Australia Maintains Detention Policy For Boat-Traveling Refugees
RACHEL MARTIN, HOST:
Last year, millions of people fled violence and persecution in Asia and the Middle East. We've heard a lot about how Europe is struggling to integrate these large numbers. But that is not a problem in Australia because Australia is one of only a few countries in the world that does not take in asylum seekers arriving by boat. Refugees are sent to remote islands in the South Pacific, where they are held indefinitely. Medical staff that have visited the facilities have said conditions are appalling. Human Rights groups report rampant violence and sexual abuse, including of children. Earlier, I spoke to Matt Siegel. He's a senior correspondent for Reuters in Australia, and he covers immigration. I asked him to describe the conditions in those centers.
MATT SIEGEL: People live on Manus Island in Papua, New Guinea in camps. It's extremely hot. There's no air conditioning. They live often in tents. It's difficult in terms of the confinement, but I think the real concern for people are the conditions, psychologically, that people go through in terms of being indefinitely detained. Some of these people have been in these camps for three, four, five years, and that leads to an enormous level of self-harm, suicide attempts, especially among - and most disturbingly, amongst children and young children.
MARTIN: And are - when they're sitting there waiting in detention, what are they waiting for? Are they - is there a hope that they would be allowed into Australia?
SIEGEL: Well, under a policy introduced by former Labor Prime Minister Kevin Rudd before the last election, no person, no asylum seeker who attempts to reach Australia by boat can ever be resettled in Australia, even if they are found to be a genuine refugee.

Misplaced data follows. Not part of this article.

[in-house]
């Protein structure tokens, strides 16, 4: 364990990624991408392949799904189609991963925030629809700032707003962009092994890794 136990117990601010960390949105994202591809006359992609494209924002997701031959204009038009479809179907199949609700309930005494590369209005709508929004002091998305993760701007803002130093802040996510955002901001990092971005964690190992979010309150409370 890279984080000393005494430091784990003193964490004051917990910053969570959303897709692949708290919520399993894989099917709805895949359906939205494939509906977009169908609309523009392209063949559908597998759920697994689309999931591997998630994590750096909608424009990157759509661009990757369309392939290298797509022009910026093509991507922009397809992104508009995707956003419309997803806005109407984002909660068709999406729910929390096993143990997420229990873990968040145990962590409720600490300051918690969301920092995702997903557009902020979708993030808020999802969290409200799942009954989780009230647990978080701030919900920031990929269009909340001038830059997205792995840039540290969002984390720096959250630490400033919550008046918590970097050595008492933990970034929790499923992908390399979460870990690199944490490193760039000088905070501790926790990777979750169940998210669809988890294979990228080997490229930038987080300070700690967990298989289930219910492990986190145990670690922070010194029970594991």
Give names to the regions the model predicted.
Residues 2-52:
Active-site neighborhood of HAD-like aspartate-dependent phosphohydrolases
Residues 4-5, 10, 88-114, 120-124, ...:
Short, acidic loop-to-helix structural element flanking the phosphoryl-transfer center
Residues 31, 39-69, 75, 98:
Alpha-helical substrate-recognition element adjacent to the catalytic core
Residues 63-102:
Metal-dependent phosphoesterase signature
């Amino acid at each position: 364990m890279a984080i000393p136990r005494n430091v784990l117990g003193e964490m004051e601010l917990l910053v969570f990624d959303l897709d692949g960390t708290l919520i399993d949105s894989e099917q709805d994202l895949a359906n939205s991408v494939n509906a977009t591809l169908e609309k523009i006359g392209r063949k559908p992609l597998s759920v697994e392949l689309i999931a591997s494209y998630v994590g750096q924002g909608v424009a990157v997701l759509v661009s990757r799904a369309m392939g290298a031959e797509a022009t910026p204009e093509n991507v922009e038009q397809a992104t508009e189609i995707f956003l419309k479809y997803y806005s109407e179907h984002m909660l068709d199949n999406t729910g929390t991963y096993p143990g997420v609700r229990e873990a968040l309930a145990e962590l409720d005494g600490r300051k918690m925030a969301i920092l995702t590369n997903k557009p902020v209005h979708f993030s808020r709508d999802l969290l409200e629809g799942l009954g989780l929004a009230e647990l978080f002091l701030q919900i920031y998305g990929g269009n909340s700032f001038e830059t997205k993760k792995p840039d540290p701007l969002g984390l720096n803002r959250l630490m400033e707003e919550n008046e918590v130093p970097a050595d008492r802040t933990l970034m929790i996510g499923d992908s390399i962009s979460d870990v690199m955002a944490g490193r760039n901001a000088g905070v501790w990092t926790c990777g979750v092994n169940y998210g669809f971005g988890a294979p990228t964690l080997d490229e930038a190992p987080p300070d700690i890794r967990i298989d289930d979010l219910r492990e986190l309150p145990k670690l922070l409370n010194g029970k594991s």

MARTIN: I understand that on Wednesday, Australia's High Court threw out a legal challenge to these centers.
SIEGEL: Yeah. So on Wednesday, the Australian High Court threw out a challenge to Australia's ability to operate and fund offshore detention centers like the one in Nauru. And the result of that decision, which was expected, was that 267 asylum-seekers, including 37 infants who were born in Australia to refugee mothers who were flown here to give birth, will need to go back to Nauru. It effectively upheld the legality of the Nauru detention center, of offshore detention.
MARTIN: What do Australians think about this? Is it something that people are animated by? Is it debated?
SIEGEL: All of the most recent polls that I've seen, which come from late 2015, suggest that about 70-plus percent of the Australian population supports this policy. The decision did spark protests. There is a vocal minority of Australians, including church leaders who offered sanctuary in their churches to these asylum-seekers. But it is a minority of people, and I think that just like in the United States, where there is a segment of the population that is very animated by the idea of people flooding across unsecure borders - Australia is all unsecured borders. It's an island nation. So you can see how politicians who are attempting to use this issue for their own political gain might see this as a fertile ground, I suppose.
MARTIN: Australia's prime minister, current Prime Minister Malcolm Turnbull, says this is actually a policy that saves lives by discouraging smugglers. Does it make people safer? Or at least, that's the argument that they're putting out there.
SIEGEL: Yeah. So both sides of politics actually support this policy and its goal - stated goal, which is to protect the lives of asylum-seekers attempting to reach Australia by boat. The argument is that by stopping the boats, they've made a humanitarian decision to protect the lives of asylum-seekers. But the end result is that they end up in a sort of limbo on these island detention centers.
MARTIN: Because it clearly hasn't been a deterrent for everyone.
SIEGEL: Not for everyone. Although to the government's credit, the number of boats that have been even attempting this journey have dropped off dramatically. Really, essentially stopped entirely.
MARTIN: Matt Siegel is a senior correspondent for Reuters in Sydney. Thanks so much for talking with us about this.
SIEGEL: Thanks for having me. Transcript provided by NPR, Copyright NPR.